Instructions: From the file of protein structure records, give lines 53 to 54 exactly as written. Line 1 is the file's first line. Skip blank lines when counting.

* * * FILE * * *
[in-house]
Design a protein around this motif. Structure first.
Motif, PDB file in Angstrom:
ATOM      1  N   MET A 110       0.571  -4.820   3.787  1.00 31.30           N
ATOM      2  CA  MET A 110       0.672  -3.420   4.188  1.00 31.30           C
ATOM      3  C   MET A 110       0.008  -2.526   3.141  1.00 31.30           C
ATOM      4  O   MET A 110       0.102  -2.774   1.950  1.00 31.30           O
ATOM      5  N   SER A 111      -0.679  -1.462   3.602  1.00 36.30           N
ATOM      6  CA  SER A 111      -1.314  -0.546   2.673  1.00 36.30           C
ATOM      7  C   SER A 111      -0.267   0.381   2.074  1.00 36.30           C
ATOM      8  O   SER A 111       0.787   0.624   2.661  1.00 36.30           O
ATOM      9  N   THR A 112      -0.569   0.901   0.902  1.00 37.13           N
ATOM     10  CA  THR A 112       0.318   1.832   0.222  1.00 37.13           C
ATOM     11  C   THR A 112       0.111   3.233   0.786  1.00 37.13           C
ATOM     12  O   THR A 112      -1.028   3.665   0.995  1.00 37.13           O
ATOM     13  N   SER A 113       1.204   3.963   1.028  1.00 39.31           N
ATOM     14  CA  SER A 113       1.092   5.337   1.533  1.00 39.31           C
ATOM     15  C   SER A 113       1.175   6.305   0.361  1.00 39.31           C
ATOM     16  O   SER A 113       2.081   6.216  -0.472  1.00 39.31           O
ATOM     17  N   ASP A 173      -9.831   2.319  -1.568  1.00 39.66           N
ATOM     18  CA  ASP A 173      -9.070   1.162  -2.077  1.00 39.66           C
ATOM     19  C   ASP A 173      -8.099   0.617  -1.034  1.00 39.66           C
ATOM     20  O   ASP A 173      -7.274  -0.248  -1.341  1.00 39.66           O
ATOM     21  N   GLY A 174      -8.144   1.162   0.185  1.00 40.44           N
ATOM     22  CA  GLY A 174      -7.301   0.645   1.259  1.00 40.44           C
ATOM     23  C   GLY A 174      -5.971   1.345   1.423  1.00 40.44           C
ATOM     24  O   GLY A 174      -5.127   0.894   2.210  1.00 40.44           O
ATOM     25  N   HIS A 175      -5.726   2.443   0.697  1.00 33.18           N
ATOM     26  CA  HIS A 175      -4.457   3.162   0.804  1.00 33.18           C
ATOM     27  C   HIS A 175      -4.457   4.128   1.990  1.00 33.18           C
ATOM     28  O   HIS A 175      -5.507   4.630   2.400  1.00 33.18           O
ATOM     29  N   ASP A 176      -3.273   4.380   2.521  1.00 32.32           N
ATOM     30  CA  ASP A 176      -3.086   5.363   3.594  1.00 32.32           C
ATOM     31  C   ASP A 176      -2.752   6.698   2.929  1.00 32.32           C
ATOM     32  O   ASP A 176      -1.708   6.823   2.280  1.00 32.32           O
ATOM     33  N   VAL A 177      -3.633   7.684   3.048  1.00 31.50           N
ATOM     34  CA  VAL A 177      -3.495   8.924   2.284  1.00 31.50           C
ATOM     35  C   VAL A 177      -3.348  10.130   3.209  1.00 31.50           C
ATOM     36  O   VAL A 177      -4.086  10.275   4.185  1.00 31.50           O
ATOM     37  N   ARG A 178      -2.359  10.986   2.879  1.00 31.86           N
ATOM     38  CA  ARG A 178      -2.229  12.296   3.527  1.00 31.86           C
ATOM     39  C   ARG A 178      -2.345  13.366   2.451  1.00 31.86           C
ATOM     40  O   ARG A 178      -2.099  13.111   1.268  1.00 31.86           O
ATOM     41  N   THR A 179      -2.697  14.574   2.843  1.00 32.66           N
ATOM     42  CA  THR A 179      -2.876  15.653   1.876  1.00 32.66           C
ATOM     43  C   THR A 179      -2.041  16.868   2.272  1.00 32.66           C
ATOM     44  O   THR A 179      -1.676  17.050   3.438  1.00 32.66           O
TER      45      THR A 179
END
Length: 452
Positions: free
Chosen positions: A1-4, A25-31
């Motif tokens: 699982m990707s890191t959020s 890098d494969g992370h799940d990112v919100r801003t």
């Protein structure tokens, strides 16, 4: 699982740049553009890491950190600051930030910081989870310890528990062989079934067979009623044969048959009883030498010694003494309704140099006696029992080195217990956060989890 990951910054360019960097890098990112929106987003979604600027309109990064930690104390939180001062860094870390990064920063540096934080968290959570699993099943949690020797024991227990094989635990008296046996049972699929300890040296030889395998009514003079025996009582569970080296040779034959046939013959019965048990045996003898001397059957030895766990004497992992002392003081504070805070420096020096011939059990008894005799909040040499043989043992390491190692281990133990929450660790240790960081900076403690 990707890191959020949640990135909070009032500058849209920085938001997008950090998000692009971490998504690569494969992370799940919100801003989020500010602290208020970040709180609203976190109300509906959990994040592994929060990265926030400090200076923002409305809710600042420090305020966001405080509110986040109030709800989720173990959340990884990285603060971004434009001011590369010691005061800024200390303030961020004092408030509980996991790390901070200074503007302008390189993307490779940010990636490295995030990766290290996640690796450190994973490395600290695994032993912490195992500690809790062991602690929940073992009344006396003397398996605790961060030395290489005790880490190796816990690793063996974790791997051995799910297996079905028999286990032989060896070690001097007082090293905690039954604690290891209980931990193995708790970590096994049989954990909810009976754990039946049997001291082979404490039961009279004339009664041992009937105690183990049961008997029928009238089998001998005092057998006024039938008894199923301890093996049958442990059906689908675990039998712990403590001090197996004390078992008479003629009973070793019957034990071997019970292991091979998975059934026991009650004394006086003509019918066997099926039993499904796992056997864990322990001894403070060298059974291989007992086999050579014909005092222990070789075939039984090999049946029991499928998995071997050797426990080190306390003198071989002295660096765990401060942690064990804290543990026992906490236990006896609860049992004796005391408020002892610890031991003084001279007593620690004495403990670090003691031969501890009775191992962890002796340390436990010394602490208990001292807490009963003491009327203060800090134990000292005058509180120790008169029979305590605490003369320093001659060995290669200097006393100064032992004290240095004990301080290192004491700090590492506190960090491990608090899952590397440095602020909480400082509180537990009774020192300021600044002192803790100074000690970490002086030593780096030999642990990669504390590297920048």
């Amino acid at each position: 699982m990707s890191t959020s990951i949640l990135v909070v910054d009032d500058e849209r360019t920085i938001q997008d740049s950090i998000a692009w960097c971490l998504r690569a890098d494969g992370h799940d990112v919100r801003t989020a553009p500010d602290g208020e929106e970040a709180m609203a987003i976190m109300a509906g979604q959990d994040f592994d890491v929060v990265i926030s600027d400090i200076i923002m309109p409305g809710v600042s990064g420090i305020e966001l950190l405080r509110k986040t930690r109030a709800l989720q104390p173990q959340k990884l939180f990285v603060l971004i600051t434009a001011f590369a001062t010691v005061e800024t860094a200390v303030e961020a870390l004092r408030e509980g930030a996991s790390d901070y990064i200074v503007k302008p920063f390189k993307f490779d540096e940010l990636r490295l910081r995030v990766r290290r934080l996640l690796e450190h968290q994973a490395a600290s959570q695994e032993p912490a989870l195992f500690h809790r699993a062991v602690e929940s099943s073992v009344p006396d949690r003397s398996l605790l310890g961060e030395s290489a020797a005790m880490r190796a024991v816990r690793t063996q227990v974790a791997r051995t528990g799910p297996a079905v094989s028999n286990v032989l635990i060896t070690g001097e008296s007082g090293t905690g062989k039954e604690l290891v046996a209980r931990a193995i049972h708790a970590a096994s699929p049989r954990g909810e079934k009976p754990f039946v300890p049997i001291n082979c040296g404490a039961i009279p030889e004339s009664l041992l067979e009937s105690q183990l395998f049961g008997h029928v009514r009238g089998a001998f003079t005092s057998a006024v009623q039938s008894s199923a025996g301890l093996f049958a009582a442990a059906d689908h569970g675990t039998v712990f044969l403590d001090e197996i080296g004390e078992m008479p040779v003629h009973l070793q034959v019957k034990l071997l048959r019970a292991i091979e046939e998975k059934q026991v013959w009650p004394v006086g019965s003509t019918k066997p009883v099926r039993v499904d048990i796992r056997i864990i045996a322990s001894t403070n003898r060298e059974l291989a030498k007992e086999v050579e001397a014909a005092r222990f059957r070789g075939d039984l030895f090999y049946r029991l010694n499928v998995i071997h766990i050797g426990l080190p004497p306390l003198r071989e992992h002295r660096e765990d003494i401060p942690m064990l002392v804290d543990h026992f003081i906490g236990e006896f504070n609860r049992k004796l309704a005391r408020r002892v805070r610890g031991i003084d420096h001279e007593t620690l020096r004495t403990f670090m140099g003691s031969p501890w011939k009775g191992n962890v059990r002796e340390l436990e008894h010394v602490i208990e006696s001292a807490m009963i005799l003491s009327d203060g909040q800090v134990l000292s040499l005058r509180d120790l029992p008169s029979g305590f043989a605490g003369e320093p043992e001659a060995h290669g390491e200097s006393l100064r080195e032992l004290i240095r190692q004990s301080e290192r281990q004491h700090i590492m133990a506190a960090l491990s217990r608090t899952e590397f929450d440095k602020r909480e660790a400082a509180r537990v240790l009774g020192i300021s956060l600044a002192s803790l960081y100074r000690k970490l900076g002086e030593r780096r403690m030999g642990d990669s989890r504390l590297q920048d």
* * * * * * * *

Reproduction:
């Motif tokens: 699982m990707s890191t959020s 890098d494969g992370h799940d990112v919100r801003t």
């Protein structure tokens, strides 16, 4: 699982740049553009890491950190600051930030910081989870310890528990062989079934067979009623044969048959009883030498010694003494309704140099006696029992080195217990956060989890 990951910054360019960097890098990112929106987003979604600027309109990064930690104390939180001062860094870390990064920063540096934080968290959570699993099943949690020797024991227990094989635990008296046996049972699929300890040296030889395998009514003079025996009582569970080296040779034959046939013959019965048990045996003898001397059957030895766990004497992992002392003081504070805070420096020096011939059990008894005799909040040499043989043992390491190692281990133990929450660790240790960081900076403690 990707890191959020949640990135909070009032500058849209920085938001997008950090998000692009971490998504690569494969992370799940919100801003989020500010602290208020970040709180609203976190109300509906959990994040592994929060990265926030400090200076923002409305809710600042420090305020966001405080509110986040109030709800989720173990959340990884990285603060971004434009001011590369010691005061800024200390303030961020004092408030509980996991790390901070200074503007302008390189993307490779940010990636490295995030990766290290996640690796450190994973490395600290695994032993912490195992500690809790062991602690929940073992009344006396003397398996605790961060030395290489005790880490190796816990690793063996974790791997051995799910297996079905028999286990032989060896070690001097007082090293905690039954604690290891209980931990193995708790970590096994049989954990909810009976754990039946049997001291082979404490039961009279004339009664041992009937105690183990049961008997029928009238089998001998005092057998006024039938008894199923301890093996049958442990059906689908675990039998712990403590001090197996004390078992008479003629009973070793019957034990071997019970292991091979998975059934026991009650004394006086003509019918066997099926039993499904796992056997864990322990001894403070060298059974291989007992086999050579014909005092222990070789075939039984090999049946029991499928998995071997050797426990080190306390003198071989002295660096765990401060942690064990804290543990026992906490236990006896609860049992004796005391408020002892610890031991003084001279007593620690004495403990670090003691031969501890009775191992962890002796340390436990010394602490208990001292807490009963003491009327203060800090134990000292005058509180120790008169029979305590605490003369320093001659060995290669200097006393100064032992004290240095004990301080290192004491700090590492506190960090491990608090899952590397440095602020909480400082509180537990009774020192300021600044002192803790100074000690970490002086030593780096030999642990990669504390590297920048």